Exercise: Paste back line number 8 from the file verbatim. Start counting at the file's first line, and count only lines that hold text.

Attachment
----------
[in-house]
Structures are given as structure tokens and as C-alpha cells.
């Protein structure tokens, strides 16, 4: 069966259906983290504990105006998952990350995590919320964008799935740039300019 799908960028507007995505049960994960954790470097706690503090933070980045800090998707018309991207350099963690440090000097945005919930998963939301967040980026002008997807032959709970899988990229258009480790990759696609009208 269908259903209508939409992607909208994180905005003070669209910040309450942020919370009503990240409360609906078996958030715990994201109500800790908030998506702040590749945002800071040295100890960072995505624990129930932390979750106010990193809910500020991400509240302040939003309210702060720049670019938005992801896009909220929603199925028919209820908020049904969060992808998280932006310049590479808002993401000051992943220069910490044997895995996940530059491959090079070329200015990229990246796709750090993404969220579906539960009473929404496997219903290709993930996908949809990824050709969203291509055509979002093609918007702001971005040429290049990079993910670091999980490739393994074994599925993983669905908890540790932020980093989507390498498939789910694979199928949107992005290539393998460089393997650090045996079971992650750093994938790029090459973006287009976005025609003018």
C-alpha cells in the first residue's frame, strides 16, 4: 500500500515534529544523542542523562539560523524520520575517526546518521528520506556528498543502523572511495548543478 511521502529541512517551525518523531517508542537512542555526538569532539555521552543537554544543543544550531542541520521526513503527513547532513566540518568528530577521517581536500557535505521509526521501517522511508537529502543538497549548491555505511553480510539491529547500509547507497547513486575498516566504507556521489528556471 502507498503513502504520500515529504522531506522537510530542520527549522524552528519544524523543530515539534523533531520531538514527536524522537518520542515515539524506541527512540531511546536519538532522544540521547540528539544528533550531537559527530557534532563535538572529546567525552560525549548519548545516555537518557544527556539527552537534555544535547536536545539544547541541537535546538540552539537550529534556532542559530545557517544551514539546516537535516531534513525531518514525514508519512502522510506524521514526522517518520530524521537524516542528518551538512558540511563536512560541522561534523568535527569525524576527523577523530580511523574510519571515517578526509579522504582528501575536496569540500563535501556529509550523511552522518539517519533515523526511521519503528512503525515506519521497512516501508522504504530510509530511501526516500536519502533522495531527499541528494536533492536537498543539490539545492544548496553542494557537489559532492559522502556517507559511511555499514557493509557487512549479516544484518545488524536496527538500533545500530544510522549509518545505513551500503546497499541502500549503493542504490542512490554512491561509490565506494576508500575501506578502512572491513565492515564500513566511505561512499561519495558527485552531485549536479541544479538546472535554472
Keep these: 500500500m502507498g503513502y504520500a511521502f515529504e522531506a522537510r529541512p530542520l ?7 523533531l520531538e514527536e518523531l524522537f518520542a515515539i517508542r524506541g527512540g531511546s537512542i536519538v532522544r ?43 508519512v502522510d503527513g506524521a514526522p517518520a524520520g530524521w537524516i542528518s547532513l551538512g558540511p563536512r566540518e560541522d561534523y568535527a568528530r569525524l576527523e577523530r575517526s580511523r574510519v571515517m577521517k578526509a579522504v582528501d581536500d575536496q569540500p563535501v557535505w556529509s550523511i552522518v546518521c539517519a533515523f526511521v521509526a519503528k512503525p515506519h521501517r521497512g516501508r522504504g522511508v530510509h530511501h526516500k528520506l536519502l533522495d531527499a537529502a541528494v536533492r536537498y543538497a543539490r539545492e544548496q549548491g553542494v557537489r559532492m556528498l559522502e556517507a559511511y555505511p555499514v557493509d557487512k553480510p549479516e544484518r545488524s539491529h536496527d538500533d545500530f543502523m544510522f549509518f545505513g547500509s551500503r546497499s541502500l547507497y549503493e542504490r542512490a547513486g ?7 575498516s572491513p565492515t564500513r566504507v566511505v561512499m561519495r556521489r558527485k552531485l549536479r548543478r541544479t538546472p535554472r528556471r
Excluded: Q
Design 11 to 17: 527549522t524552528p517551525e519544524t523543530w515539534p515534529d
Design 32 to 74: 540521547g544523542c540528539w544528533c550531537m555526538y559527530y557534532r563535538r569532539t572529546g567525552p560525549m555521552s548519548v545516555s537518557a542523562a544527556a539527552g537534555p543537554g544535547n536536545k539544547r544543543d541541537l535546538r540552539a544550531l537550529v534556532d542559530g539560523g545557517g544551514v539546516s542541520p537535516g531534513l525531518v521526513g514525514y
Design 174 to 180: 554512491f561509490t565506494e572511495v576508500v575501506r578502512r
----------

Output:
Design 32 to 74: 540521547g544523542c540528539w544528533c550531537m555526538y559527530y557534532r563535538r569532539t572529546g567525552p560525549m555521552s548519548v545516555s537518557a542523562a544527556a539527552g537534555p543537554g544535547n536536545k539544547r544543543d541541537l535546538r540552539a544550531l537550529v534556532d542559530g539560523g545557517g544551514v539546516s542541520p537535516g531534513l525531518v521526513g514525514y